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Re: In the sequence above, each term after the first is equal to [#permalink]
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prototypevenom wrote:
solution to this?


The number in the series are the average of the numbers before and after so the difference between two consecutive numbers in the odd or even place will always be the same.
For eg : 1,5,9,13,17,21,25,29 .....The difference between successive numbers in odd or even place will always be the same. That is 8.

So, the answer is "C".
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Re: In the sequence above, each term after the first is equal to [#permalink]
Can someone please help with this question?

Regards
Arorni
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Re: In the sequence above, each term after the first is equal to [#permalink]
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arorni wrote:
Can someone please help with this question?

Regards
Arorni


What is unclear sir ??
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Re: In the sequence above, each term after the first is equal to [#permalink]
Thanks for replying back Carcass. I am trying to solve it algebraically, but each time somehow messing it up. What should be the right approach to solve this question quickly? Can you help me with the algebraic solution to this question?
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Re: In the sequence above, each term after the first is equal to [#permalink]
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If manipulate the two quantities

\(a^10-a^8 >>> a^8(a^2-1)\)

\(a^5-a^3 >>> a^3(a^2-1)\)

Considering that this is an arithmetic progression the key element is always the same \((a^2-1)\)

which means that the distance between the terms \(a^8\) and \(a^3\) is always the same.

So the two quantities must be equal
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Re: In the sequence above, each term after the first is equal to [#permalink]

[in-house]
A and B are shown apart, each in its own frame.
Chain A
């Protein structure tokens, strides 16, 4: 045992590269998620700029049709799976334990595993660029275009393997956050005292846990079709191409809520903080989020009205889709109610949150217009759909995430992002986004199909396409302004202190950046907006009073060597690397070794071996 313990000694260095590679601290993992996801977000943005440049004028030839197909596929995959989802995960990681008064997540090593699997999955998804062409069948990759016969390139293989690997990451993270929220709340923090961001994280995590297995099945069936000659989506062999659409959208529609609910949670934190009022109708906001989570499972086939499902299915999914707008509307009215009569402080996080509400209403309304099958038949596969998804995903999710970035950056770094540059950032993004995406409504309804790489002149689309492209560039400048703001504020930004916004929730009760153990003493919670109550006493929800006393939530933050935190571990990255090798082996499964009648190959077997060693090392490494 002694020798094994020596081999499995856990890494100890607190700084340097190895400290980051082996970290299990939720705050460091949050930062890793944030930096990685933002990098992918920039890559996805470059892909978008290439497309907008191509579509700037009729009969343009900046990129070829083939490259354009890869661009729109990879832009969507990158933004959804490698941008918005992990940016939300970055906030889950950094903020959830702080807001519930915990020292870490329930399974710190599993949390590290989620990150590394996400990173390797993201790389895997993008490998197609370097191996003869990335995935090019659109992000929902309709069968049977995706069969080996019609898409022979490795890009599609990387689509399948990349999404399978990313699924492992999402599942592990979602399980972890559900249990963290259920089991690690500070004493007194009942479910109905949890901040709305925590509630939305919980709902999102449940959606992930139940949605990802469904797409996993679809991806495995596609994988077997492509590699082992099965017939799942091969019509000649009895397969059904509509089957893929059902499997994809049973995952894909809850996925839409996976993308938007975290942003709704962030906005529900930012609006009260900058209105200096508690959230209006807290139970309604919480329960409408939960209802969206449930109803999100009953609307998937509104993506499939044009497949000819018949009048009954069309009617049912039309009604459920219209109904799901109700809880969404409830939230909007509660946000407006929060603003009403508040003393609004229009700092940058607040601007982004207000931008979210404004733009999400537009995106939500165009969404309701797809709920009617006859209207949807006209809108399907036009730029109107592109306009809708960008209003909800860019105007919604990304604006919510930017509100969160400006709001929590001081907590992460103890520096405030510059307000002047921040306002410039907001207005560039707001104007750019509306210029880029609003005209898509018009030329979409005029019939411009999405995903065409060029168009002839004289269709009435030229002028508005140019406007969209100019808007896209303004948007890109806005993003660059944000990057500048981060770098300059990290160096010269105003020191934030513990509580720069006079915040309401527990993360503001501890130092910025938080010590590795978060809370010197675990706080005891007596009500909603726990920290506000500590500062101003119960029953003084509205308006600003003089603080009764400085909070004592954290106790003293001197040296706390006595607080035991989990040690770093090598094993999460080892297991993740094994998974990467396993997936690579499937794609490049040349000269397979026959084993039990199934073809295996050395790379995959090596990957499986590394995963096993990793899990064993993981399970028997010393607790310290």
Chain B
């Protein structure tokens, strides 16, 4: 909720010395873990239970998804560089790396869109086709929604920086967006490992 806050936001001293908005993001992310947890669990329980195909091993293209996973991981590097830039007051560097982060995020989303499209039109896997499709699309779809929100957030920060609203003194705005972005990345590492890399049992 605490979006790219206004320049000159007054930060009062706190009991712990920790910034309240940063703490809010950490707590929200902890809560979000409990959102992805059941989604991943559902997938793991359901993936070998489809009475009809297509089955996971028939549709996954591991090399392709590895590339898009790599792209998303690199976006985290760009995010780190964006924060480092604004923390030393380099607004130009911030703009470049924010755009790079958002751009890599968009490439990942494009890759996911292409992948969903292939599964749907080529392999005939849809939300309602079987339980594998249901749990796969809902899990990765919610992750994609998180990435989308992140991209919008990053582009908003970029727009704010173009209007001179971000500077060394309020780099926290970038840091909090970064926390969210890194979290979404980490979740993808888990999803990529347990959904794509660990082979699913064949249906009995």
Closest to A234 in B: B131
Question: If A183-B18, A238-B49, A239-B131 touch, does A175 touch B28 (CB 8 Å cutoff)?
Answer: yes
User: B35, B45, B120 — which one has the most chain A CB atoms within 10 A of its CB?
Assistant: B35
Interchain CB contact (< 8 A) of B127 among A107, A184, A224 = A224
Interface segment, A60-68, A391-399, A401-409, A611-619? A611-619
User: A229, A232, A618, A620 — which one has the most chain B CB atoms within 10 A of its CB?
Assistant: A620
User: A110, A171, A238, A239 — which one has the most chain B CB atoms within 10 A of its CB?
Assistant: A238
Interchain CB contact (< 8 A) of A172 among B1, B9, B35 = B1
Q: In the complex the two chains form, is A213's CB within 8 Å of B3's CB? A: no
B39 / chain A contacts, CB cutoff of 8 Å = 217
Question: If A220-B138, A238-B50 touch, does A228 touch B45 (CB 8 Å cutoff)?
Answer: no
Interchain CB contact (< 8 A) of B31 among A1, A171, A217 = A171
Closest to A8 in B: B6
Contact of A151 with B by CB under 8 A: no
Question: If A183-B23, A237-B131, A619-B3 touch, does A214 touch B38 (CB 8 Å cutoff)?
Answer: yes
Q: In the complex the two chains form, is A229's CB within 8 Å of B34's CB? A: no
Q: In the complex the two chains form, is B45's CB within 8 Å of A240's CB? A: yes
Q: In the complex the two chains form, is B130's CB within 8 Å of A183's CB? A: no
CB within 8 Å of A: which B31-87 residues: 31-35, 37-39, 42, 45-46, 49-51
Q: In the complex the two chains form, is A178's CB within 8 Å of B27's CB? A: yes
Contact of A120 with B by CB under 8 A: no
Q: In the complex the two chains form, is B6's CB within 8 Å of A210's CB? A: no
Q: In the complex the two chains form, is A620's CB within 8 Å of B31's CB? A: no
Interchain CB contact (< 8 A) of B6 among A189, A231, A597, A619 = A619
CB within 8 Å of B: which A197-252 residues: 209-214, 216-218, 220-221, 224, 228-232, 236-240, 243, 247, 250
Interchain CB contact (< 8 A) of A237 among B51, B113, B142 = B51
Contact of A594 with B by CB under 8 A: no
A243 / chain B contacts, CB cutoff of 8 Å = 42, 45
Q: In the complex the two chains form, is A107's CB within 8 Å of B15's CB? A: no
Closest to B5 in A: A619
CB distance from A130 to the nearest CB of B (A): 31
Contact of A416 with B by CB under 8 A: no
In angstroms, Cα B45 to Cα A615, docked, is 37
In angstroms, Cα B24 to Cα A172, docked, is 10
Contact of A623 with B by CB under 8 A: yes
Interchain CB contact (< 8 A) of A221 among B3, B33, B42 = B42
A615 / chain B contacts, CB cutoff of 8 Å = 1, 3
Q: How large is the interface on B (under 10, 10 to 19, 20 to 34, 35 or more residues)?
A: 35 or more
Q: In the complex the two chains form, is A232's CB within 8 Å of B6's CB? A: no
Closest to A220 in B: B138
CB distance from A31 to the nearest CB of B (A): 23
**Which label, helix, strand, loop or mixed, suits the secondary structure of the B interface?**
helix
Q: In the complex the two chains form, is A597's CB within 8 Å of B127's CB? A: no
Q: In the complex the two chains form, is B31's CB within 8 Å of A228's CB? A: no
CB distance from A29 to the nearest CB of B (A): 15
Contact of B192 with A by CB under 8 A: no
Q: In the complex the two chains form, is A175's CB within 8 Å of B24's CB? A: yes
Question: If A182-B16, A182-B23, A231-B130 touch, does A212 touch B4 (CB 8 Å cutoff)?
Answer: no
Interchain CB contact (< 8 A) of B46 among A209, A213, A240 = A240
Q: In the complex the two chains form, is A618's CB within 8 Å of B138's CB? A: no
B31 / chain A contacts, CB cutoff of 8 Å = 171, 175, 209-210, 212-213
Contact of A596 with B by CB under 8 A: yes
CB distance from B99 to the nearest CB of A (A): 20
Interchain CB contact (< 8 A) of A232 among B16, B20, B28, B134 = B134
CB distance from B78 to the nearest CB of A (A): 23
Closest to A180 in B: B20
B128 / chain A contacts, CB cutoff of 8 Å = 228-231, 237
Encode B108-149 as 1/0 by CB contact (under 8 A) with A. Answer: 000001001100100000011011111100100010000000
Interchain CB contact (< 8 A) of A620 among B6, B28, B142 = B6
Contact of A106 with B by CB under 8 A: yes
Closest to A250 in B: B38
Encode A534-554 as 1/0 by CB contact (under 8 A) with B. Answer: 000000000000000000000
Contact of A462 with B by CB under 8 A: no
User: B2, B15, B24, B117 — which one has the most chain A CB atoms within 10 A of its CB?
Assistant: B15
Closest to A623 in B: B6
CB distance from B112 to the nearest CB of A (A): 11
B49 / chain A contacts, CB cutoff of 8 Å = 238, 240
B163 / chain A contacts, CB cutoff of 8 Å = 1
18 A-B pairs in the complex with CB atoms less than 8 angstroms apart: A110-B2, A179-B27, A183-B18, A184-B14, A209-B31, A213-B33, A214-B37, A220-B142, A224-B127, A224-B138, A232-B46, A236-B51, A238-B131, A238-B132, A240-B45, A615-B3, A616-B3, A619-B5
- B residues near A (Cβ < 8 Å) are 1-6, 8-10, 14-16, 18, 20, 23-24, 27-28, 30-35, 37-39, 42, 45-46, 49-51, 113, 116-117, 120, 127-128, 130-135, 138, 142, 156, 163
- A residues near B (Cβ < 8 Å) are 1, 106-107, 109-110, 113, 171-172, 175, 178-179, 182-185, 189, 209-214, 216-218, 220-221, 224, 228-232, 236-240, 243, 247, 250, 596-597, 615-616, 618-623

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arorni wrote:
Thanks for replying back Carcass. I am trying to solve it algebraically, but each time somehow messing it up. What should be the right approach to solve this question quickly? Can you help me with the algebraic solution to this question?


For a sequence problem, the quickest approach is to build the sequence with real numbers. The algebraic approach is often too complex or time-consuming to grasp.

Let, the first number, a1 = 0.
Now, let's put the next number, a2 = 1.
We choose 0 and 1 as the first two numbers as this makes calculations easy.
According to the question, a2 is the average of a1 and a3. We have our a1 and a2. Now for a3, ask "1 is the average of 0 and WHAT number?"
The answer is 2, as (2+0)/2 =1.
a3 = 2
So, our sequence is 0,1,2 so far.
For a4, we ask the question, "2 is the average of 1 and WHAT number?" well, that's 3.
a4=3
Now we already see the pattern, it's 0,1,2,3,4,5,6,7,8...

We can easily compare Quantity A and Quantity B using this sequence. It's quite obvious now the Answer will be C.

Hope this helps! :D
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Re: In the sequence above, each term after the first is equal to [#permalink]
Carcass wrote:
If manipulate the two quantities

\(a^10-a^8 >>> a^8(a^2-1)\)

\(a^5-a^3 >>> a^3(a^2-1)\)

Considering that this is an arithmetic progression the key element is always the same \((a^2-1)\)

which means that the distance between the terms \(a^8\) and \(a^3\) is always the same.